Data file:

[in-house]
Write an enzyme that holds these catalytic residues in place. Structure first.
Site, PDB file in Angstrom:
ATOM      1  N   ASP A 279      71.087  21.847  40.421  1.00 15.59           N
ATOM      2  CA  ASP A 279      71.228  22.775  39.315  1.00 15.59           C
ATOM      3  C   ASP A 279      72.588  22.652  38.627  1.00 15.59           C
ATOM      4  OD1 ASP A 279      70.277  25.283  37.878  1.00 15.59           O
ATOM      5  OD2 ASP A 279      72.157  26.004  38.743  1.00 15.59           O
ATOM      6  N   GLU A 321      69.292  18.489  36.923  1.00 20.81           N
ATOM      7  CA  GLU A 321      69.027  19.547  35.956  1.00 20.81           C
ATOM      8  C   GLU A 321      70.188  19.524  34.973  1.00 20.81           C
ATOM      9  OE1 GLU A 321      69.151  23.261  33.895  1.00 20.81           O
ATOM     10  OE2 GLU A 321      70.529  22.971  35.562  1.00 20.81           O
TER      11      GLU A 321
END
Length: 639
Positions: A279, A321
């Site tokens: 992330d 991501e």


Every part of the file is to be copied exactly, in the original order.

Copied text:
[in-house]
Write an enzyme that holds these catalytic residues in place. Structure first.
Site, PDB file in Angstrom:
ATOM      1  N   ASP A 279      71.087  21.847  40.421  1.00 15.59           N
ATOM      2  CA  ASP A 279      71.228  22.775  39.315  1.00 15.59           C
ATOM      3  C   ASP A 279      72.588  22.652  38.627  1.00 15.59           C
ATOM      4  OD1 ASP A 279      70.277  25.283  37.878  1.00 15.59           O
ATOM      5  OD2 ASP A 279      72.157  26.004  38.743  1.00 15.59           O
ATOM      6  N   GLU A 321      69.292  18.489  36.923  1.00 20.81           N
ATOM      7  CA  GLU A 321      69.027  19.547  35.956  1.00 20.81           C
ATOM      8  C   GLU A 321      70.188  19.524  34.973  1.00 20.81           C
ATOM      9  OE1 GLU A 321      69.151  23.261  33.895  1.00 20.81           O
ATOM     10  OE2 GLU A 321      70.529  22.971  35.562  1.00 20.81           O
TER      11      GLU A 321
END
Length: 639
Positions: A279, A321
């Site tokens: 992330d 991501e």